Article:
Friday, March 24, 2017

One day at ProWein Düsseldorf

hvino world news
Hvino World News is our column focusing on important events and news from international wine world scene which may be useful and relevant to Georgian wine industry. The column is authored by Ute SEITZ, wine author and wine tourism adviser (Tbilisi). 

24.03.2017 (Hvino News). From March 19th to March 21st 2017 ProWein specialized trade fair was held in Düsseldorf, Germany.

At the worlds’ biggest and most important wine and spirits fair about 6,300 exhibitors from more than 60 nations presented their products to more than 58,000 visitors from 130 countries. ProWein is a specialized fair. So, only persons whose profession has a relation to wine or spirits, like winemakers, wine traders, importers and exporters, restaurant managers, sommeliers, wine journalists, etc. are allowed to visit the trade fair. About half of the 58,000 visitors come from Germany, the other half are mainly from European countries. About 3,000 visitors come from North- and South America, and about 2,500 from Asian countries.

It is amazing when you arrive at the Messe Düsseldorf and see these big halls filled with wine stalls. Where to start tasting - overseas, France, Italy, Spain, Germany?

9 out of 17 halls are occupied by ProWein - two halls for German exhibitors, two halls for French exhibitors, nearly two halls for Italian exhibitors – including stalls from other European countries and Georgia, one hall for Spanish and Portuguese exhibitors, one for Austrian wineries. Even if you visit all three days it is not possible to taste all the wines and spirits presented. A framework program with about 500 tastings was held additionally. As a visitor you have no chance to see and taste everything. You have to make yourself a program and try to concentrate on what you want to see and taste.

We started our visit at 11 o’clock with a German sparkling wine tasting hosted by the German wine women association ‘Vinissima’. The German sommelier Nathalie Lumpp presented 12 German Sekt (sparkling wines – in English usually still called ‘Champagne’ – even if this is according to European law not allowed any more) made by ‘Vinissima’ female winemakers. After this “Sekt breakfast” we strolled through the Italian wine scene – Emilia-Romagna, Piemont, Toscana, Trentino, Friuli Venezia-Giulia, Veneto, Sicilia… and arrived at one of the two Georgian stands. In hall 15 H01 we found Askaneli Brothers Ltd., Georgian Wine House Ltd., Mosmieri, Gevelli, Qimerioni Ltd., Tsinandali Old Cellar Ltd. and Vaziani Company LTD. We tasted some good Saperavi, Tsinandali and Kakhuri wines [see full list of Georgian participants here - HN]

At 1 o’clock we went to the stand of Vinum European wine magazine, where the presentation ‘Georgia – viticulture since more than 7,000 years’ was announced. About 60 people had gathered to attend this presentation which turned out to be a tasting of 14 Georgian wines presented by the German wine journalist Rudolf Knoll. First of all Mr. Knoll corrected the title of the presentation by telling the people that according to new archaeological findings Georgia has a viticultural and winemaking tradition of 8,000 years.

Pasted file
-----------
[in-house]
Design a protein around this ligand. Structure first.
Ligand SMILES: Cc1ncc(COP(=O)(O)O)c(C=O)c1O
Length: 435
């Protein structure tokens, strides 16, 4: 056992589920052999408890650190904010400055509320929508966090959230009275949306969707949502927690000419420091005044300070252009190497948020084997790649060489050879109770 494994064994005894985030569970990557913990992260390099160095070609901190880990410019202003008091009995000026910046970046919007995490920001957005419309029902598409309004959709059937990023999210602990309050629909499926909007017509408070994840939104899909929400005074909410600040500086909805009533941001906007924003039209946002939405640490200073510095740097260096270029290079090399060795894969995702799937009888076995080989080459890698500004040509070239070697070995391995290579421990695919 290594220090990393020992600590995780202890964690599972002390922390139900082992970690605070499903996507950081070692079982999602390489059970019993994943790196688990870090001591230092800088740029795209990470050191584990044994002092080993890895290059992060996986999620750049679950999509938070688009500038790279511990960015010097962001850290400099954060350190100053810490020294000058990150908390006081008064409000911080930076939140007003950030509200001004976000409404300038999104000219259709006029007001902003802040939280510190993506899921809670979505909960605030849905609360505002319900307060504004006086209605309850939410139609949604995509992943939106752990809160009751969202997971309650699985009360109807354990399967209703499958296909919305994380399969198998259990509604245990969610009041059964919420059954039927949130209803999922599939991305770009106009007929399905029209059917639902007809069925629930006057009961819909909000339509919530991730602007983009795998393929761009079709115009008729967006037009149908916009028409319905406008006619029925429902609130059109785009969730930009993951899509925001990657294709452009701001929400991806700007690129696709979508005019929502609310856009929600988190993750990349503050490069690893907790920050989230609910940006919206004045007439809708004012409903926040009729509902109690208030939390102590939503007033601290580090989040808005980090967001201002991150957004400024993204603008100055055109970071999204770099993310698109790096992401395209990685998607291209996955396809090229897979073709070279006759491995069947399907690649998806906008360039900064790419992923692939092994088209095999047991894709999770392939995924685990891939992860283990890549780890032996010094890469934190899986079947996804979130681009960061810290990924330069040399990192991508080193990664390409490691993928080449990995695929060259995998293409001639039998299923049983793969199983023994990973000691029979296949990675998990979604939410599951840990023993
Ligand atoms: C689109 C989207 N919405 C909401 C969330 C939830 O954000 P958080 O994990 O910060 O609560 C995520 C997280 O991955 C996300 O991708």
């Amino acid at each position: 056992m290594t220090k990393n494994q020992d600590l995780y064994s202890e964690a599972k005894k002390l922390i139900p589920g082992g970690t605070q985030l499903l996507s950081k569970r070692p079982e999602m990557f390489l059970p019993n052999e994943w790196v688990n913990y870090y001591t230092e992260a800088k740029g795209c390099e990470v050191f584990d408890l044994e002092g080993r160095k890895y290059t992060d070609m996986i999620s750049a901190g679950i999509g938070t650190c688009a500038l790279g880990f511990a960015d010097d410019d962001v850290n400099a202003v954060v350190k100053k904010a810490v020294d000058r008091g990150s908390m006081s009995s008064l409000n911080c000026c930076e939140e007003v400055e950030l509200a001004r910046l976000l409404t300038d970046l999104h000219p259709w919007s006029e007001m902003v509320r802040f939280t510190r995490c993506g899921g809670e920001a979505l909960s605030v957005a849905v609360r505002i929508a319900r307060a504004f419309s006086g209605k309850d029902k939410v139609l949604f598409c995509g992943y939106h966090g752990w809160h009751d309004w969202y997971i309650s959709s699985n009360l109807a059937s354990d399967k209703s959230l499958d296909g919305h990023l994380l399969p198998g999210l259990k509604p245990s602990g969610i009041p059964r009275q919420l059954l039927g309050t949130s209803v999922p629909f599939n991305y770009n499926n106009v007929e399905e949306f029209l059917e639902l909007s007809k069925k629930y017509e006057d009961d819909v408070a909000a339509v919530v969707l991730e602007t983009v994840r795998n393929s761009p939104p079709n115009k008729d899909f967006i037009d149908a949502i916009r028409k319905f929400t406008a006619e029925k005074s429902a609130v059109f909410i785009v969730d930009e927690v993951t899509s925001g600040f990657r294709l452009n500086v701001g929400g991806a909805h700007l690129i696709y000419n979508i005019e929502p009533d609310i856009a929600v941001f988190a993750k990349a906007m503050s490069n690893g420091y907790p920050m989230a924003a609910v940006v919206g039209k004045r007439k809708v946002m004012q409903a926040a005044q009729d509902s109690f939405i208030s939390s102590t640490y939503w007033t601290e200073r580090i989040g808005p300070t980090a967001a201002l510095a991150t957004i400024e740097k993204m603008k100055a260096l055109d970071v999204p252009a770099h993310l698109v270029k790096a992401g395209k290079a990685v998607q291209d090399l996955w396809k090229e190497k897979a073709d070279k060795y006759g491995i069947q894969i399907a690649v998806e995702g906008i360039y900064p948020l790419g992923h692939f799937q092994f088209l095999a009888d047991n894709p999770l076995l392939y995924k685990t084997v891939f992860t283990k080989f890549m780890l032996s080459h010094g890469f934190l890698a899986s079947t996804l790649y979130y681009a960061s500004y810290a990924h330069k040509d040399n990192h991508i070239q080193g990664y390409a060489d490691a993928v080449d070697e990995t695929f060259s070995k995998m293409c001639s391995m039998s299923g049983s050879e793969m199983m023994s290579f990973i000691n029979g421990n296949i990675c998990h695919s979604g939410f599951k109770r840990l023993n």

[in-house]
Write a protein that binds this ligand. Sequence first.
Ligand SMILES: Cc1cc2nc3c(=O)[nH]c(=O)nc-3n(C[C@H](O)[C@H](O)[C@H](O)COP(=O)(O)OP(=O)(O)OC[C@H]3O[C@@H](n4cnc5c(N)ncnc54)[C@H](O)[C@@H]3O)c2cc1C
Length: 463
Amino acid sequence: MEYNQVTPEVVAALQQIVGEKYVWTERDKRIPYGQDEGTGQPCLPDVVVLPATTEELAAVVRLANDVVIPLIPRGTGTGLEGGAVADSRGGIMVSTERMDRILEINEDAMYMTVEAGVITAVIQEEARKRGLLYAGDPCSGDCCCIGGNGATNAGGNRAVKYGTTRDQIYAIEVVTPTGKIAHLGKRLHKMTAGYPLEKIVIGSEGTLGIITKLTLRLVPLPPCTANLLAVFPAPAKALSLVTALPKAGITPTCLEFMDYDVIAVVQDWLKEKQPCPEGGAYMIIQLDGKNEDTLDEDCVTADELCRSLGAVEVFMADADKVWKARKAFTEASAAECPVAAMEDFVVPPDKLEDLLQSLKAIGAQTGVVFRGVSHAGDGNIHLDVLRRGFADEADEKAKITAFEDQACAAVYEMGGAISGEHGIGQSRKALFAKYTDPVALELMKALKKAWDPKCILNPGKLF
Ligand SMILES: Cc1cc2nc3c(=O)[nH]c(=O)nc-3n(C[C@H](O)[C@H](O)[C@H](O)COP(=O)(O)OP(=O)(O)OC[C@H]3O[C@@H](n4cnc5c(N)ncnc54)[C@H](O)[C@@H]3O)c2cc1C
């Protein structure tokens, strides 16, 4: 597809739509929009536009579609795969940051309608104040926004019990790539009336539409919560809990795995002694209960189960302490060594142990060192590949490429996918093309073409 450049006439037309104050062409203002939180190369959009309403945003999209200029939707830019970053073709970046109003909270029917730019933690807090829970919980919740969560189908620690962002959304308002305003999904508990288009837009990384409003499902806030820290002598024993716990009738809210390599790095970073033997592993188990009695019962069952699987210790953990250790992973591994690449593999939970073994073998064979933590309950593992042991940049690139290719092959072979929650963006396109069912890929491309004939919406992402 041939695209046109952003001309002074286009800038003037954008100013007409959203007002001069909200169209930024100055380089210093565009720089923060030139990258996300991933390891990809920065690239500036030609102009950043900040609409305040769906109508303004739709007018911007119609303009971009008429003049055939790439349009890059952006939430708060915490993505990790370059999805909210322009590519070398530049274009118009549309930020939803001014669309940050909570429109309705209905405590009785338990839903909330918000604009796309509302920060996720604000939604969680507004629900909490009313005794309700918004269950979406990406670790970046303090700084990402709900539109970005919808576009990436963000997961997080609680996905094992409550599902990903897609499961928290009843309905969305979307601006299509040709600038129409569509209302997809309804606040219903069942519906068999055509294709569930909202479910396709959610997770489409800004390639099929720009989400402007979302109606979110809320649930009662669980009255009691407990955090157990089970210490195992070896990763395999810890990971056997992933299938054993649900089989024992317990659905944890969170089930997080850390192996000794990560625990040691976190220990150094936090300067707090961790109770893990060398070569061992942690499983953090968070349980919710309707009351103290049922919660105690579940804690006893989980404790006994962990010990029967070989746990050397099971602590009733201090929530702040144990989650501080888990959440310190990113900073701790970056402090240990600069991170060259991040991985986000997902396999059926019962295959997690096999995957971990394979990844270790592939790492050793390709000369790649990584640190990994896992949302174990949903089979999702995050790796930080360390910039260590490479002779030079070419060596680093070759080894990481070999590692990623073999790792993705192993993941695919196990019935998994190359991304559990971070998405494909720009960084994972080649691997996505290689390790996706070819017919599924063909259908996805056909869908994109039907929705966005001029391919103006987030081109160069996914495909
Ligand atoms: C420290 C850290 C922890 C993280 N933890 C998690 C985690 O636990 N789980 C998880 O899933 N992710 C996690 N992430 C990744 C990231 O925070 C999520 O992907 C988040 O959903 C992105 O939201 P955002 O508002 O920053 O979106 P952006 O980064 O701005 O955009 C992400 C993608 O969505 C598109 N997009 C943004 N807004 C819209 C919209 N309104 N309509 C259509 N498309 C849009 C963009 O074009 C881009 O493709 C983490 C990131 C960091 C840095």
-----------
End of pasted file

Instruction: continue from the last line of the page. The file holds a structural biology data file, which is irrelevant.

The following wines were tasted in this order:

1) 2015 Mtsvane “Melkarisi” – Friends Cellar;
2) 2015 Kisi, Makashvili Cellar, Qvevri – Vaziani Company;
3) 2015 Rkatsiteli, Region Tsinandali – Tbilvino;
4) 2015 Rkatsiteli, Region Kakhuri, Qvevri – Winery Mosmieri;
5) 2014 Kisi/Mtsvane – Teliani Valley;
6) 2015 Rkatsiteli Qvevri – Besini Ltd.;
7) 2016 Krakhuna – Winery Khareba;
8) 2015 Saperavi, Region Kindzmarauli, semi sweet – Cooperation Georgian Wine Ltd.;
9) 2014 Saperavi Premium – Askaneli Brothers;
10) 2013 Premium (Saperavi, Merlot, Cabernet Sauvignon) – Besini Ltd.;
11) 2013 Saperavi Region Napareuli – Wine Company Shumi LTD;
12) 2015 Saperavi “Royal Mukuzani” – Kakhetian Traditional Winemaking LLC;
13) 2013 Kvareli Special Reserve – Corporation Kindzmarauli;
14) 2012 Saperavi Réserve Royal – Chateau Mukhrani.

Not much information was given on Georgia’s wine regions, PDOs and grapevine varieties, and no pictures were shown.

After the tasting we went back to see the second Georgian stand where the following wineries presented their products: Badagoni, Besini Ltd., Cooperation Georgian Wine Ltd., Friends Cellar JSC, Georgian Wines and Spirits Company Ltd., JSC Bagrationi 1882, JSC Chateau Mukhrani, Kakhetian Traditional Winemaking LLC, Kakhuri Ltd., JSC Corporation Kindzmarauli, Kindmarauli Marani LTD, LLC Dugladze Wine Company, Tbilvino JSC, Telavi Wine Cellar JSC, Tsinandali Old Cellar Ltd., Wine Company Shumi LTD, Wine Man Ltd., Winery Khareba Ltd.

We did not taste wines from all these companies because we wanted to taste some South African wines – which we did – and some French, Spanish and Italian ones. The last station of our visit was ‘in Portugal’ at the port wine manufacturer Calem - one of the Portuguese market leaders. We tasted very young ports as well as vintage ruby ports and tawny ports. Some of them are blended from different vintages to 10, 20 or 40 year (on average) old ports. This is a completely different and very interesting part of the ‘wine world’. The absolute highlight was a vintage ruby port from the year 1961.

© Hvino News

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